So when I unpacked my box of holiday memories, I feel the sadness of losing something that I didn’t even know I had. We make a lot of sacrifices to be where we are and to do what we do, and this one hurts me a lot. We do our best to replace or replicate the broken holiday joy, but it’s never the same. We will always be outsiders on those special holidays in our adopted country, and over time, we start to forget about the American holidays that come and go without a Hallmark card reminder. I guess holidays don’t travel well.
This week I got an email from a long-time friend in the throes of change. She was discouraged that she was moving back to her hometown after living overseas. She felt like she was moving backwards in her life.
I know that feeling well. I too, have left places only to return a few years later. I remember feeling depressed at going back. I had changed, would my old life try to press me back into its mold? Would old friendships still be available to me? Would old habits or bad memories pounce on me and try to shackle me again? Fear mixed with sadness blunted my hope and anticipation of the future.
Re-entry shock is real for missionaries. Not only have new shops and subdivisions been built while I was gone, but new people have moved into the space that I once occupied within my circle of friends. There are new faces at church, new faces on campus, new faces in all your old places. I remember many years after I graduated from college I returned to the campus to say Hi to some friends who still worked there. I needed to use the bathroom. I excused myself and headed down the hallway were there USED TO BE a public restroom. Suddenly I noticed that the whole wing had been renovated. I stood looking at the wall were the door had once been. I looked left, I looked right. I finally hailed the nearest 19-year old and asked where the bathroom was. She called me ma’am. I felt so old. I used to know this place like the back of my hand! I used to know people here and they knew me too! I felt like shouting down the hall to no one in particular, “Hey! I used to BE somebody here, you know!!”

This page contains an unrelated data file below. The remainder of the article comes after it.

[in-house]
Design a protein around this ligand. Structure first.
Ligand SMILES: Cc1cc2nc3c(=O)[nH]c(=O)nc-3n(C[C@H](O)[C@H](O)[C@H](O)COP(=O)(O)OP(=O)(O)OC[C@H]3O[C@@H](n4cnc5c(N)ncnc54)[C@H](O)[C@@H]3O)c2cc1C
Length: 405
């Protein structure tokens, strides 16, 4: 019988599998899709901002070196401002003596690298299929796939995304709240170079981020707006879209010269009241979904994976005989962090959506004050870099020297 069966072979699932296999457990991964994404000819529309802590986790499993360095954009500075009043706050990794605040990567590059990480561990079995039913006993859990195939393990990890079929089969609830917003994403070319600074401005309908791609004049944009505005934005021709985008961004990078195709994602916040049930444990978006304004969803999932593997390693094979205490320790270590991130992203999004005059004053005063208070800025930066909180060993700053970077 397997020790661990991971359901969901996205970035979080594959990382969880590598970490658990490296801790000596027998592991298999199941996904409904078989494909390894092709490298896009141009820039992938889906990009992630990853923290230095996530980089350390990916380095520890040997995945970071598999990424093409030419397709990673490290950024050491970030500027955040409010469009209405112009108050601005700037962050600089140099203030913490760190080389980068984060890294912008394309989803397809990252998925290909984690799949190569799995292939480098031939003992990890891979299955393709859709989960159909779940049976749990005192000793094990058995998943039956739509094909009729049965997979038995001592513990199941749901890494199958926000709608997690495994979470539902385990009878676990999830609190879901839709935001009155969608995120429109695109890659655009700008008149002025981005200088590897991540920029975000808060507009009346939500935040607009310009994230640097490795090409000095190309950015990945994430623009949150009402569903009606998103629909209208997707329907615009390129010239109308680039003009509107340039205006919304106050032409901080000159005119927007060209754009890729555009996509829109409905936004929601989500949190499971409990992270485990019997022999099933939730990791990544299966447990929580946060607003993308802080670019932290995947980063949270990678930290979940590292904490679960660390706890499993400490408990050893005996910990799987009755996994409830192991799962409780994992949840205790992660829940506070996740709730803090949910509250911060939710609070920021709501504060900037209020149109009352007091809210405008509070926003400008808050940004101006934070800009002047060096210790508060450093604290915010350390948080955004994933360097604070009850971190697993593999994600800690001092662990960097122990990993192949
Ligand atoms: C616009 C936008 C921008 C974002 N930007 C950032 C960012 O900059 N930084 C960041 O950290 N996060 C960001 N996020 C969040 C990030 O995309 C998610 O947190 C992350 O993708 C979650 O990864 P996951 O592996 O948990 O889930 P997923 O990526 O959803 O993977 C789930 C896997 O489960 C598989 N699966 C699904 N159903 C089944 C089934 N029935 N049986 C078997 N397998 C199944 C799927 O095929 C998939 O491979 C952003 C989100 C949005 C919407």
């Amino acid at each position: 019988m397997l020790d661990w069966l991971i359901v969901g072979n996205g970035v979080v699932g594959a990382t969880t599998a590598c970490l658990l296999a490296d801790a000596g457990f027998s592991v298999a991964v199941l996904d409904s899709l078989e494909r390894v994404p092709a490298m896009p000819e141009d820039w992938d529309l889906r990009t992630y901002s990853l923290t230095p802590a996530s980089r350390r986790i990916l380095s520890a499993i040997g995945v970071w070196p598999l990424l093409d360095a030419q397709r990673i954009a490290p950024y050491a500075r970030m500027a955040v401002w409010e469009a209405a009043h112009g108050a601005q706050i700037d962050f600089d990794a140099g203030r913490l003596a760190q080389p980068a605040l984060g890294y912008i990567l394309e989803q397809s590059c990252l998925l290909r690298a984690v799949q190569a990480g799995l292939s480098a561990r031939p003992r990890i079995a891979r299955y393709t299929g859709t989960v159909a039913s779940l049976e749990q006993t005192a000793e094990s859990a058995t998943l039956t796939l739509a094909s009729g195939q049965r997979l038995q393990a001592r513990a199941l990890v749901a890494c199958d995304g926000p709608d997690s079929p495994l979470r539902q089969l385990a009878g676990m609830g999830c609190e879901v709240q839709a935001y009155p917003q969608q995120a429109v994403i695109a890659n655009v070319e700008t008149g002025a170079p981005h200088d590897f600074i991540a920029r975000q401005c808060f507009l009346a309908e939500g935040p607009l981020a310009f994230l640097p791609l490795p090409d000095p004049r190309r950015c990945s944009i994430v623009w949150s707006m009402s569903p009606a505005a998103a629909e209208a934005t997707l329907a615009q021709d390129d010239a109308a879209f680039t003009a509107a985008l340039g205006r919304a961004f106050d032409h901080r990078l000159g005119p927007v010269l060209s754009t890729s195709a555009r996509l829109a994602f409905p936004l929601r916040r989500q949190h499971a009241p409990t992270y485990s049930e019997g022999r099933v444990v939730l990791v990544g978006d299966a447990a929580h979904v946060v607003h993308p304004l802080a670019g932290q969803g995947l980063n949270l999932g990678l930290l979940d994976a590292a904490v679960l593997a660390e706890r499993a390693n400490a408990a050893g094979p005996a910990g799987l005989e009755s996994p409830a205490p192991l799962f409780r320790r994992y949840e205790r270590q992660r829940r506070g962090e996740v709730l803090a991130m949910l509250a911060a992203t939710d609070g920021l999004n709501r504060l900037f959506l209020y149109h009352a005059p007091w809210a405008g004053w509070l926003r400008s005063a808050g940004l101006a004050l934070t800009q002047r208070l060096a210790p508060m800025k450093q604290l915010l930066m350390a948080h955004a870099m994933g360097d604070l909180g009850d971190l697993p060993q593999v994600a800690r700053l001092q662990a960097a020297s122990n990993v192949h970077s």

The thing is, Life rarely moves in a straight line. Sometimes it doesn’t even move forward. Time always moves forward, but sometimes Life goes backwards, or sideways, or even comes to a stand still for a while. (Ever have a loved one in the hospital? Then you know what I mean.)
Life is more like a Slinky. If you hold the top of a Slinky and let the bottom drop you get a long spiral. This is how I imagine Life. We keep cycling and recycling up through lessons, places and relationships but each time we cycle back around we are on a different level. Hopefully a higher level. This time around we are more mature and will see details that we missed with our more youthful perspective. We have a greater framework of experience on which to hang these reviewed experiences. We are wiser and know how to avoid traps that we fell into before. God has a new lesson to teach us in an old place.
We can look at those old shackles lying on the ground at our feet and not fear that we might pick them up and put them on again. That’s called “Victory”. We now know how to pick them up and move them out of the way so we can keep moving on. We don’t have to fear old habits, old relationships, old ways of being. We let God teach us how to hang them up for good. And remind ourselves that we are not the same person who passed through here last time. I have changed. I am stronger, wiser, more focused, more powerful. This time around I have a better perspective. This time around I am more of who God is making me to be. So don’t let the Slinky of Life get tangled and cause frustration. Just keep moving upwards as God leads you and teaches you.